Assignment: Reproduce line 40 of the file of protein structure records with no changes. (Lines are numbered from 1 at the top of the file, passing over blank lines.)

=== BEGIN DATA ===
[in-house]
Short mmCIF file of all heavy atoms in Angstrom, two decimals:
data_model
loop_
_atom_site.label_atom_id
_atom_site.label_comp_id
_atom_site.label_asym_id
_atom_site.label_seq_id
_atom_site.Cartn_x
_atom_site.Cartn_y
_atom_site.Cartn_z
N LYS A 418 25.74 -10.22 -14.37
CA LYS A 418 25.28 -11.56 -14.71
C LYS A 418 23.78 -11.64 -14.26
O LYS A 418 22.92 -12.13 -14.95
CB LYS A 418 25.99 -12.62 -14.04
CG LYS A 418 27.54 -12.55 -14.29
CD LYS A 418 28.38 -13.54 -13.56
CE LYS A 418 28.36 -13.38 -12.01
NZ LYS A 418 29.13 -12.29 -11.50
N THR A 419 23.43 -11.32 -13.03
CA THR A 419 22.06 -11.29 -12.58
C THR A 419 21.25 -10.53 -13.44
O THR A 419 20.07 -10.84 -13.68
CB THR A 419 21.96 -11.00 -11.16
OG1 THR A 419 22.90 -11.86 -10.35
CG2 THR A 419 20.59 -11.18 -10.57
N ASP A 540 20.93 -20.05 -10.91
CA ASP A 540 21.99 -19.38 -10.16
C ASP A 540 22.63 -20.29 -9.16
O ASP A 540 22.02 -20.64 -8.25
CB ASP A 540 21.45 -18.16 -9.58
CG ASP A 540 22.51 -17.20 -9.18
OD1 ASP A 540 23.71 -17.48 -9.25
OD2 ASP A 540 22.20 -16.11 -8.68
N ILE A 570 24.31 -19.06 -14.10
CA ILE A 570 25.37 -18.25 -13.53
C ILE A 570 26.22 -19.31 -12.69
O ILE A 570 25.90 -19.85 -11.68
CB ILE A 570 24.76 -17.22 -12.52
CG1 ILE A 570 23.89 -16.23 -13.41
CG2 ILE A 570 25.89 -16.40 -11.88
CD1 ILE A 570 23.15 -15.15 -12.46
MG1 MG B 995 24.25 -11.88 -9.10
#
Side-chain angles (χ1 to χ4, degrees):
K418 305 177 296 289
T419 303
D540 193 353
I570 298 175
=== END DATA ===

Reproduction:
CB ILE A 570 24.76 -17.22 -12.52